object-oriented: design of a class hierarchy maintainable for the representation of AST

I need to design a hierarchy of AST-type classes for code introspection (such as the Java element API used during the annotation process). But I'm not sure how to make it easy to maintain and maintain.

My instinct is to model the language as close as possible and make the most of the type system. To do this, I would use inheritance to model the intuitive "is a" relationship between the syntax elements to get depletion controls in change-expressions. That is to say. MethodElements and Constructor ElementThey are Executable elements TypeAliasElements ClassElements and InterfaceElementThey are TypeElements and so on. This leads to a fairly deep class hierarchy.

However, shared behavior does not respect this hierarchy. For example: PackageElements ClassElements and InterfaceElements can enclose other elements. But PackageElements only enclose others PackageElements o TypeElements and only ClassElements ever locked Constructor Elements. Mixed interfaces in combination with delegates for implementation can be used to share behavior between classes. Even so, it becomes complex very quickly with deep class hierarchies and many mixing interfaces.
Should there be a unique interface for elements that can enclose other elements? Or an interface to be able to enclose packages, another interface to be able to enclose types, another to enclose functions, etc. Should there be separate properties for visibility and modality or simply one that contains all applicable modifiers?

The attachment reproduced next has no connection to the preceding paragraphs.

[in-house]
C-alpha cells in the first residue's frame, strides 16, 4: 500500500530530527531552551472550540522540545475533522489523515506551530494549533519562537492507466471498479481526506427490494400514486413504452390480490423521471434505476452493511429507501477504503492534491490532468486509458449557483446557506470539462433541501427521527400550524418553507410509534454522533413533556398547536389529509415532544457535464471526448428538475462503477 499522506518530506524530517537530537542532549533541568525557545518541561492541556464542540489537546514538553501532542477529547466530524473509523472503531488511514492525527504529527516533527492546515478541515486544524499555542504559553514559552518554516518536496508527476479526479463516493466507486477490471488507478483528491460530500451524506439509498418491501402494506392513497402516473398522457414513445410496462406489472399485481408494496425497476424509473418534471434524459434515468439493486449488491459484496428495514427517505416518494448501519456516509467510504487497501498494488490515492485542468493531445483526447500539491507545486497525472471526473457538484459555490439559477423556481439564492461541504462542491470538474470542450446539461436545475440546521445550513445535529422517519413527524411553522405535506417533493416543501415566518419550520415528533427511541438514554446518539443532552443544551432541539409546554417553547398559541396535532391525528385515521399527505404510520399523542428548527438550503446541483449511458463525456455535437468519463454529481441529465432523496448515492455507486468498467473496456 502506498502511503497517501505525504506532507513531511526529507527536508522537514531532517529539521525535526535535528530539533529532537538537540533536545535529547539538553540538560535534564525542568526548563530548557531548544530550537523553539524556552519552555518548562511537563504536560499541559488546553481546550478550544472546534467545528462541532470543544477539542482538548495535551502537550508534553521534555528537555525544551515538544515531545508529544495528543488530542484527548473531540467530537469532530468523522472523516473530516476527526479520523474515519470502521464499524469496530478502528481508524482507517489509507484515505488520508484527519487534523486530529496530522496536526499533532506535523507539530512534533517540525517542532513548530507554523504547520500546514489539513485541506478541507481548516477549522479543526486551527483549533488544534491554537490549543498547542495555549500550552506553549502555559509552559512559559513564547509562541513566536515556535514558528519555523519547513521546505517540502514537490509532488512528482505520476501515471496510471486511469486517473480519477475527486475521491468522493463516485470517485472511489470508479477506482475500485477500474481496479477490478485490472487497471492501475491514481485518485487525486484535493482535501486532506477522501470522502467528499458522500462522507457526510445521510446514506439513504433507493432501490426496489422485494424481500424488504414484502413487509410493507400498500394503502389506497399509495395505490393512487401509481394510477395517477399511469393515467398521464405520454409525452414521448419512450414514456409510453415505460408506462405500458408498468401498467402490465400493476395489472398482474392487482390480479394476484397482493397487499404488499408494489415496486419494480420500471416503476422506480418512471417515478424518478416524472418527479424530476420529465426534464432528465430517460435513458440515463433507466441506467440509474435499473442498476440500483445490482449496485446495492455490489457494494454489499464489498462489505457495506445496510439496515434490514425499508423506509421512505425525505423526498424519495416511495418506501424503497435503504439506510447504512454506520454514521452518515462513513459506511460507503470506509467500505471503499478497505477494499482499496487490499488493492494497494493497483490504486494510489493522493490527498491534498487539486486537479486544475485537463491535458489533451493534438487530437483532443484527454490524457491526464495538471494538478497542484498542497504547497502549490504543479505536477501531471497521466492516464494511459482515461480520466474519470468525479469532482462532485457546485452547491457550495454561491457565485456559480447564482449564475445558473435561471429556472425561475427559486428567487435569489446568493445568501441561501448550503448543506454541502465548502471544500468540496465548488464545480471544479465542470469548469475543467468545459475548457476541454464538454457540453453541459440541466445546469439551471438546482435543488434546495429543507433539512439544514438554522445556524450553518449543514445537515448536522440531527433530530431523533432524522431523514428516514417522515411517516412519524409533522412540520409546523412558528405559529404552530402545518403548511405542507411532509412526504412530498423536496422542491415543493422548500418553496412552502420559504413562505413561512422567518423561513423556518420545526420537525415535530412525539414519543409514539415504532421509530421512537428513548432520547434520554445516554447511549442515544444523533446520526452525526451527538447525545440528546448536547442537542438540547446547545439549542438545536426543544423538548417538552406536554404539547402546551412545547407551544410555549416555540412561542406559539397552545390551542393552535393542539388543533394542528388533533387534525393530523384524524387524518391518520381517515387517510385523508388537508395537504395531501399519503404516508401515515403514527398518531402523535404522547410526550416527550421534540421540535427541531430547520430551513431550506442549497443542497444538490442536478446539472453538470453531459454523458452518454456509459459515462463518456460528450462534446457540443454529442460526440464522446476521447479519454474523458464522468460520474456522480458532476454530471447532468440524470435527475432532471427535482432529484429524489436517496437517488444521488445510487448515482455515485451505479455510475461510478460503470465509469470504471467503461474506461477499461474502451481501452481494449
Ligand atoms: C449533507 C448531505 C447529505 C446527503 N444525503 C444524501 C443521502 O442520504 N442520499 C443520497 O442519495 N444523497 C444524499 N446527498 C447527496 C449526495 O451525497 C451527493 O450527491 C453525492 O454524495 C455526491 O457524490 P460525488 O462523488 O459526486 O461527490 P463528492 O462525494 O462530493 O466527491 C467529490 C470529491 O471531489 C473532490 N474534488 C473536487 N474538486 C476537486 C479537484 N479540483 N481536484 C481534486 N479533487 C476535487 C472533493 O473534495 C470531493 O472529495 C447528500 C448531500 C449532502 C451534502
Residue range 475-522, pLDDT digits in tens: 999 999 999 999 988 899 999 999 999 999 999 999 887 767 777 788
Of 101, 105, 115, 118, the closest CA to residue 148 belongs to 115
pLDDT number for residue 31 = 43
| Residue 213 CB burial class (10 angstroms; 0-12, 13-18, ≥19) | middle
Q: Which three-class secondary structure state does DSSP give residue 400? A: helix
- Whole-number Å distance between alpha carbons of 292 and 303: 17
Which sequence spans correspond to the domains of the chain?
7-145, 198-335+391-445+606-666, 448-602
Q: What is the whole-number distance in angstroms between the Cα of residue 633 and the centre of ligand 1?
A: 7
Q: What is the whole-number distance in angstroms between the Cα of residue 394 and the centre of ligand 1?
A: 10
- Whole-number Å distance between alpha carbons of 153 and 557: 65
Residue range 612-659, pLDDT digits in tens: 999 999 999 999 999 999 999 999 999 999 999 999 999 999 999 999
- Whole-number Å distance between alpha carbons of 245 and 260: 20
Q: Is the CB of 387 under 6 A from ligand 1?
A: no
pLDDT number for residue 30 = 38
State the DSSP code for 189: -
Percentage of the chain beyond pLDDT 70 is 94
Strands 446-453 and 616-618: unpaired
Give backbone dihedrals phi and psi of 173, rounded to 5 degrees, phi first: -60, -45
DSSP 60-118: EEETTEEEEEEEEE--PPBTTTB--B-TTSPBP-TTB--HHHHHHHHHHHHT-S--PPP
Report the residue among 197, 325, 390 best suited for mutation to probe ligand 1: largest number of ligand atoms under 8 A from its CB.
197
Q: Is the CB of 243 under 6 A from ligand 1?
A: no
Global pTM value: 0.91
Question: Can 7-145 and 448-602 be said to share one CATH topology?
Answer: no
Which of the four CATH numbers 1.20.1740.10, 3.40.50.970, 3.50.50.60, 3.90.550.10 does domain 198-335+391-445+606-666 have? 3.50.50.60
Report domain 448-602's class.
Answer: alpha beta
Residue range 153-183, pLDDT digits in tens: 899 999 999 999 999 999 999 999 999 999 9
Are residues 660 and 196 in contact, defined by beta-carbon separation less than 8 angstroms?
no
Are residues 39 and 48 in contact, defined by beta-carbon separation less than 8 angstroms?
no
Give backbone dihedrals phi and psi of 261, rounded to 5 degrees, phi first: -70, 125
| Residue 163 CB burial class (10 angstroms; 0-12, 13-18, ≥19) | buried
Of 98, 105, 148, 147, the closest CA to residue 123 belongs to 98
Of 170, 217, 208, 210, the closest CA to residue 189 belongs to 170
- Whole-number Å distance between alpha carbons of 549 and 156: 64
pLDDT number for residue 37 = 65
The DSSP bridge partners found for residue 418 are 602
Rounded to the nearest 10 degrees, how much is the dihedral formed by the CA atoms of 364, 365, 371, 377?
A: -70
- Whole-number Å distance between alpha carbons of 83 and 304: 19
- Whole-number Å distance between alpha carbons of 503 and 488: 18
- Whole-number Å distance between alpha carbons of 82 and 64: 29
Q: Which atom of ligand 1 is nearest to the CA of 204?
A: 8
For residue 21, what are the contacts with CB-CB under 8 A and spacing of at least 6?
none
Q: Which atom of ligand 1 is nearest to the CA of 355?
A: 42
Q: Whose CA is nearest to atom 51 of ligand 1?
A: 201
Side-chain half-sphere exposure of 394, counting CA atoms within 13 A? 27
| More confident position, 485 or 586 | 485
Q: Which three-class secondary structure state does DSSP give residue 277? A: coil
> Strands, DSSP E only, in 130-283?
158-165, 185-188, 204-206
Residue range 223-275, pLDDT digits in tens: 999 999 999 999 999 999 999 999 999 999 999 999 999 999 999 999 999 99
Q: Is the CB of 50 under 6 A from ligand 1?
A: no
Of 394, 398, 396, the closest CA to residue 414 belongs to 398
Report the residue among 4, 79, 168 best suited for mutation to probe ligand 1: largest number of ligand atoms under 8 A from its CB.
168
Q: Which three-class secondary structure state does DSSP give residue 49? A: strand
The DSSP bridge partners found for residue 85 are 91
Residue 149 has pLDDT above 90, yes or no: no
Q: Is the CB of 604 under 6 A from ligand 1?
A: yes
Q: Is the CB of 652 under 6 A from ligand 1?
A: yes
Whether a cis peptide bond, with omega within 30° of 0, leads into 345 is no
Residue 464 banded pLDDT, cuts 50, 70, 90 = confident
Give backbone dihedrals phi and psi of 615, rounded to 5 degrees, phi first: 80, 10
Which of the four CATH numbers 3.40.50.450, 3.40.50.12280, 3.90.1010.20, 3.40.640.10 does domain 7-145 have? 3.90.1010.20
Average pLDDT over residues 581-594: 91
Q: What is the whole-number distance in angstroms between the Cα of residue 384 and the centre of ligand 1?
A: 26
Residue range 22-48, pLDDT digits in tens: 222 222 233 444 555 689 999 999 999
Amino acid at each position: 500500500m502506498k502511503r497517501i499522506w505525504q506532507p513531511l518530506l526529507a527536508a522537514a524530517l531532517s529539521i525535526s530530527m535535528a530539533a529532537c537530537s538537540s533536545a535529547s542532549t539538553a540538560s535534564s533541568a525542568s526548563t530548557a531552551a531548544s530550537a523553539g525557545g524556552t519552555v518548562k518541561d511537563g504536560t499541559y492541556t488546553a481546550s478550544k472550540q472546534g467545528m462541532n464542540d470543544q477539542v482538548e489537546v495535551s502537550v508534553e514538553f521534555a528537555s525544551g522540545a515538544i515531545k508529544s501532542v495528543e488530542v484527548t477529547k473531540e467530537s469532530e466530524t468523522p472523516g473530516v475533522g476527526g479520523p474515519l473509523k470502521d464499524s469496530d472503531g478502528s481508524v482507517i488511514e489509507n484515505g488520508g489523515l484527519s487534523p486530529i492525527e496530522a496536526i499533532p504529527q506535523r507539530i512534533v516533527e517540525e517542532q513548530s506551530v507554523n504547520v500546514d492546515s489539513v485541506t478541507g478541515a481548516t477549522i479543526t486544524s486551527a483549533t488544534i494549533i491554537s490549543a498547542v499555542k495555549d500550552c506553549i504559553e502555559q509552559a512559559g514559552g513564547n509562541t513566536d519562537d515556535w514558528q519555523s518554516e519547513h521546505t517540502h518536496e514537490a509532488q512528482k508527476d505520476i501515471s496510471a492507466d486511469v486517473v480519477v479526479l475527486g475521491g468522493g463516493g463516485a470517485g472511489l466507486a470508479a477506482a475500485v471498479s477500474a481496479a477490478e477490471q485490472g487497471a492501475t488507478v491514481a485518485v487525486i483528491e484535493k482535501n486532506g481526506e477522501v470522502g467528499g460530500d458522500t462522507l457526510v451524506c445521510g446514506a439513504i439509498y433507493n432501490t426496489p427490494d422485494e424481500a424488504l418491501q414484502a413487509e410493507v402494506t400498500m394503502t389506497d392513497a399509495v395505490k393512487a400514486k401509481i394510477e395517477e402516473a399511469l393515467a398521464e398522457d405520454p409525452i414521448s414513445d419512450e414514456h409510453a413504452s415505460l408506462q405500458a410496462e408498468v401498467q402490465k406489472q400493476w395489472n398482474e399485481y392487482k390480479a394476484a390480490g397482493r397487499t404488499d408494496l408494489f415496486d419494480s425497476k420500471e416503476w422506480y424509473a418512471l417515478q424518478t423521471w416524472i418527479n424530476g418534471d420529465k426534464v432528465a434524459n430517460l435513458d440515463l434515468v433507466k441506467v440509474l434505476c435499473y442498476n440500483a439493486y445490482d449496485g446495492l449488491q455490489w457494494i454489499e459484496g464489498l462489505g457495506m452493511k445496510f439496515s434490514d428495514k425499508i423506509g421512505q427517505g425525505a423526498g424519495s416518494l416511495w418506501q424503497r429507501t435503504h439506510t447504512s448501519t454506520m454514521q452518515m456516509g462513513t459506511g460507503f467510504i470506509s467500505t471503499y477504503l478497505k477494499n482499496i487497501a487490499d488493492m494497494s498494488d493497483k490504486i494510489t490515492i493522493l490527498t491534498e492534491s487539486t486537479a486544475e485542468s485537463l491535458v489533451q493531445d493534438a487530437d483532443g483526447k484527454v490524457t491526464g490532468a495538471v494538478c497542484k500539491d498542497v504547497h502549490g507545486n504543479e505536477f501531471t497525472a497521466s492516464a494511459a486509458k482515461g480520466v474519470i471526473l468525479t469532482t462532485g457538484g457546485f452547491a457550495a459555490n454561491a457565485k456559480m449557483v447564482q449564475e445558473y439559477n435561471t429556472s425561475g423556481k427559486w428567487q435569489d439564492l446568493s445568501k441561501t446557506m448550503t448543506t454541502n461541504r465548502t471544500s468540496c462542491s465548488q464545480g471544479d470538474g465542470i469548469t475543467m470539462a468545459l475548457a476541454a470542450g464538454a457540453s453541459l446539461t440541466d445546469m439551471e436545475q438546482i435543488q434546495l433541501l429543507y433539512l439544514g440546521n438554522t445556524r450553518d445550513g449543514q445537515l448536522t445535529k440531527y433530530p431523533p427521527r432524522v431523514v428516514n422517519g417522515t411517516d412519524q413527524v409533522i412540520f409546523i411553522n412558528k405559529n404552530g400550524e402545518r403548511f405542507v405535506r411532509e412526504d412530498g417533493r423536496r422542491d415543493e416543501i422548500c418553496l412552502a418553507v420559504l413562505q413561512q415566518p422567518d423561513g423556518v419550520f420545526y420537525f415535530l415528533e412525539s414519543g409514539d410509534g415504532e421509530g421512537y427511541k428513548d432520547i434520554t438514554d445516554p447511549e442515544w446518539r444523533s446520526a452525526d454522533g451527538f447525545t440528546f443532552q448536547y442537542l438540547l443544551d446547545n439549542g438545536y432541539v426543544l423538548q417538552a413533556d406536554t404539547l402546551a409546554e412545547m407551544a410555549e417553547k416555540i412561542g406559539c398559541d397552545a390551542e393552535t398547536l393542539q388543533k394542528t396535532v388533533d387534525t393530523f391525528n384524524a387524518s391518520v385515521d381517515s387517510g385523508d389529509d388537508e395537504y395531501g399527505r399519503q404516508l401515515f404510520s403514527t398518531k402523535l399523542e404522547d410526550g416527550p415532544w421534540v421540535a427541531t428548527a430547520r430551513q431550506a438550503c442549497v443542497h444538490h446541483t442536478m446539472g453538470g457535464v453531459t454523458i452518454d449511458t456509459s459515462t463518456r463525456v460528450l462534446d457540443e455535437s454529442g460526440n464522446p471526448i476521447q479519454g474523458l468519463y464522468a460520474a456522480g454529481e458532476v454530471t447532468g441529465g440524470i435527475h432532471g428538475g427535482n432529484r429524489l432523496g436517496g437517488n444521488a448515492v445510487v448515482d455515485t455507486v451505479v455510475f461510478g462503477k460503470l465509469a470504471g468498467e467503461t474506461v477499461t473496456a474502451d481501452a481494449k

The opposite approach (the one chosen by the Java Elements API) is to make the hierarchy flat with less specific interfaces: all classes implement the getEnclosedElements: List function, with those elements that do not contain anything simply by returning an empty list. Similarly, there are no different types of classes and interfaces. They are only grouped under TypeElement with an enum property that specifies what type it really is. Of course, that makes everything much simpler for me, but it's not obvious to the user just from the interface which classes can include what kind of other elements, so users have to read the API documentation with a lot of more often and your code is less secure.

Which approach is preferable here? I am afraid that deep class hierarchies will make the API invisible, difficult to maintain (because many mixins are necessary to share the behavior between similar classes) and annoying to use. For example: the user may want to write a function to print all the members of a ClassElement or Interface. They can not use the Encloses interface because a PackageElement It also encloses elements and can not use the TypeElement base class because that includes TypeAliasElement that never encloses members. There is no interface or base class that includes only InterfaceElement Y ClassElement.